Most of you know about the blanket - I wrote about it HERE when I first started to talk about the idea of making a blanket for him - the response was overwhelming - people posted on their blogs, printed flyers, shared the news by word of mouth to their local knitting family. It's difficult to accept the challenges Cancer has brought to our lives - I lost my father to Cancer - a coworker's mother is currently facing the battle... friends from all over spoke of their triumphs and tragedies relating to the disease - and all the while, we all wanted to do something for our friend, Jason, who is in his early thirties and has been told by his Doctors chances are he has less than the summer to complete his short life. We all are frustrated into action by this news - not knowing what to do, I made the decision to ask everyone to do what we do best... knit!
We carefully laid out each square - attempting to place them in an order that offered no defined pattern - paying close attention to the colors - trying not to put the same color next to itself - and not to put a similarly textured or patterned item near another... it took an hour or two of arranging but once it was finalized, the rows were stacked (1-9) and the squares in each row were joined - one by one - to each other - I did this with the help of Doug Laughlin (of West Hollywood, CA) and Ivar Asplund (visiting from Sweeden) - over the weekend we got most of the pieces assembled, then they took the blanket home to finish assembly, and create the crocheted border.
I washed, blocked, and photographed the blanket and it will be mailed, Federal Express to Holland tomorrow morning - to hopefully arrive at Jason's door on Wednesday, June 10, 2009. According to Jonathan, Jason's family is scheduled to arrive at the same time, and while I know there is a lot to think about, with any luck, there will be some time for everyone to read our cards and admire the hard work and love that has been poured into this project. maybe they'll all take turns reading the cards and letters aloud to Jason - letting him just hear the love that's coming at him and his family from all over the world... Again - the idea that everyone just banded together to help is what makes me the most proud - not that we were able to do it, but that we all dove in, head first - selflessly creating beautiful pieces - trying out new techniques, ripping out and re-doing - making the best squares we could to contribute to this offering of love.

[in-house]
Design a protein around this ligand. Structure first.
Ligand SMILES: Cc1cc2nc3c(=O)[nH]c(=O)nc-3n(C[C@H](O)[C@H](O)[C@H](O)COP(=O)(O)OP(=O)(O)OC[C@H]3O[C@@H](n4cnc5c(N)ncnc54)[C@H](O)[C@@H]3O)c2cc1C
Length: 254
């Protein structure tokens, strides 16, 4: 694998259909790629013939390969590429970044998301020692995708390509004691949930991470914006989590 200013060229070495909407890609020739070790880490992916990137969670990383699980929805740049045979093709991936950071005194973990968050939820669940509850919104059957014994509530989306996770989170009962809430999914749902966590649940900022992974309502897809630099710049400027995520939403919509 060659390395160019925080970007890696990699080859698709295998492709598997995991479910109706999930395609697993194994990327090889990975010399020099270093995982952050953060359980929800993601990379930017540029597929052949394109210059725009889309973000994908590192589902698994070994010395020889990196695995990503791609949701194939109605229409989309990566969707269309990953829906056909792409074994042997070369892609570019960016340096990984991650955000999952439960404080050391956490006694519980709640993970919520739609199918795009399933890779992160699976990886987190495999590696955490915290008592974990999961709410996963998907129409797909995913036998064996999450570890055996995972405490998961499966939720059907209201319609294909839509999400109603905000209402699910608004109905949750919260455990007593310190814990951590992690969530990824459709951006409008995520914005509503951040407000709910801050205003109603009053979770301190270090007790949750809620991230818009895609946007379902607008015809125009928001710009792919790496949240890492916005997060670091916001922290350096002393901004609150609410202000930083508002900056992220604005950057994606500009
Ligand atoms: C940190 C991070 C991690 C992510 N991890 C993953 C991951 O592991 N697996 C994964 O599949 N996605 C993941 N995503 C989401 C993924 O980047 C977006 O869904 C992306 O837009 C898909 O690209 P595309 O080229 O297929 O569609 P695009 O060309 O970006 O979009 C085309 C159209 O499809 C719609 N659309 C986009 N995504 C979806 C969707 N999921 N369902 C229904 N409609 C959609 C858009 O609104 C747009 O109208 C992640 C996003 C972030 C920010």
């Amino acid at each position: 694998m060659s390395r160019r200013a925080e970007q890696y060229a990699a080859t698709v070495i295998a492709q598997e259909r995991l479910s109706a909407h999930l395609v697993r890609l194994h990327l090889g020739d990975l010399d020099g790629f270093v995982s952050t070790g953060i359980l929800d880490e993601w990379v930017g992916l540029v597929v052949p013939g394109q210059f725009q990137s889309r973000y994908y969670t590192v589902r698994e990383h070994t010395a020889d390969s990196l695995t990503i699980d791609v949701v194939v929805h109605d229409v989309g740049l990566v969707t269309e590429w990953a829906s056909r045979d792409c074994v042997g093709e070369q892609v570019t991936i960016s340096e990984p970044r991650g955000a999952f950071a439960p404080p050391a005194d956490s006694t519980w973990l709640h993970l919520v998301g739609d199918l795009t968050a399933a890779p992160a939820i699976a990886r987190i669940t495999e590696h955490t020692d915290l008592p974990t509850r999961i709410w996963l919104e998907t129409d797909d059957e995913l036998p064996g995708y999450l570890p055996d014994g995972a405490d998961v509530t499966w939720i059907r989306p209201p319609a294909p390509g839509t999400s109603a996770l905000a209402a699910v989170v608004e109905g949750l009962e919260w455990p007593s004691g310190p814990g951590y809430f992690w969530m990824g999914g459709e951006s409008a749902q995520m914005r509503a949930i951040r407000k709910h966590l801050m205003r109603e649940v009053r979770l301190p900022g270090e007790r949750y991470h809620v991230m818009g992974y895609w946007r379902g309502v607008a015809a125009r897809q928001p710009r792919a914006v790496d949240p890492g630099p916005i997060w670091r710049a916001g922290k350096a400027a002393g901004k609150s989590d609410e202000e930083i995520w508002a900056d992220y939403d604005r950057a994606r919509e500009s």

It's there too - the love... the blanket just glows with the care and compassion we all have for not only Jason, but for everyone fighting their battles... I think we helped open avenues of communication for some knitters as well... and I know a few who are either fighting their own fights or supporting others who are... felt this was a good way to focus the love...
Keep tuned for more blankets - remember, you gave more than we could use for one blanket - so the next one(s) will be made smaller, and I'm looking for organizations to donate to or sell to benefit for... If you know of somewhere - a Cancer charity... or center that needs the money - an organization that has an annual auction or benefit... get in touch with me.
And if you have a loved one who you have lost to Cancer and wish to add their name to the comments, it'd be an honor to think of them as well while creating the next series of throws... I'm starting the list off with the memory of my father, William Franklin Kunnecke - who I lost to cancer just a few years ago - I know he would be proud of this blanket and to know that his son was able to organize what I believe is the first blanket knitted almost entirely by male knitters from around the world (with a few amazing women tossed in for good measure!)
I'll close this post with images from the creation/assembly of this blanket - I hope that the idea catches on and we all can use our craft to help comfort others - I will continue to make blankets like these - if you'd like to help by contributing more squares, please email me- and again, thank you for being an example to the world - showing that love and compassion still exist.